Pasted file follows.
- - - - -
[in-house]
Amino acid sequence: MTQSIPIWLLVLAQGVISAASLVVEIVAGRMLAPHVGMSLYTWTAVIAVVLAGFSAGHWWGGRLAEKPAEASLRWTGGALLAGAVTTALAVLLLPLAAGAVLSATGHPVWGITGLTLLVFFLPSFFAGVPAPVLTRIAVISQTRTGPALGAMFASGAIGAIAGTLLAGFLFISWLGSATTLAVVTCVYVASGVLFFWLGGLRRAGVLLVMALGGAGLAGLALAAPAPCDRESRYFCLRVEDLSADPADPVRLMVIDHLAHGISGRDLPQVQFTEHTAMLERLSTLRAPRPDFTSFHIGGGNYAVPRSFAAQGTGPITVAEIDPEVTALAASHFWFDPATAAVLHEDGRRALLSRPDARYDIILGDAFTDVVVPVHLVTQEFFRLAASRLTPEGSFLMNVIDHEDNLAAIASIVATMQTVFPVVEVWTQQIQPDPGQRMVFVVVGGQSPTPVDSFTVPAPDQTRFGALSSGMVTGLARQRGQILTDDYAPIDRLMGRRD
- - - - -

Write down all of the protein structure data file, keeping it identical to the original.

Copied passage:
[in-house]
Amino acid sequence: MTQSIPIWLLVLAQGVISAASLVVEIVAGRMLAPHVGMSLYTWTAVIAVVLAGFSAGHWWGGRLAEKPAEASLRWTGGALLAGAVTTALAVLLLPLAAGAVLSATGHPVWGITGLTLLVFFLPSFFAGVPAPVLTRIAVISQTRTGPALGAMFASGAIGAIAGTLLAGFLFISWLGSATTLAVVTCVYVASGVLFFWLGGLRRAGVLLVMALGGAGLAGLALAAPAPCDRESRYFCLRVEDLSADPADPVRLMVIDHLAHGISGRDLPQVQFTEHTAMLERLSTLRAPRPDFTSFHIGGGNYAVPRSFAAQGTGPITVAEIDPEVTALAASHFWFDPATAAVLHEDGRRALLSRPDARYDIILGDAFTDVVVPVHLVTQEFFRLAASRLTPEGSFLMNVIDHEDNLAAIASIVATMQTVFPVVEVWTQQIQPDPGQRMVFVVVGGQSPTPVDSFTVPAPDQTRFGALSSGMVTGLARQRGQILTDDYAPIDRLMGRRD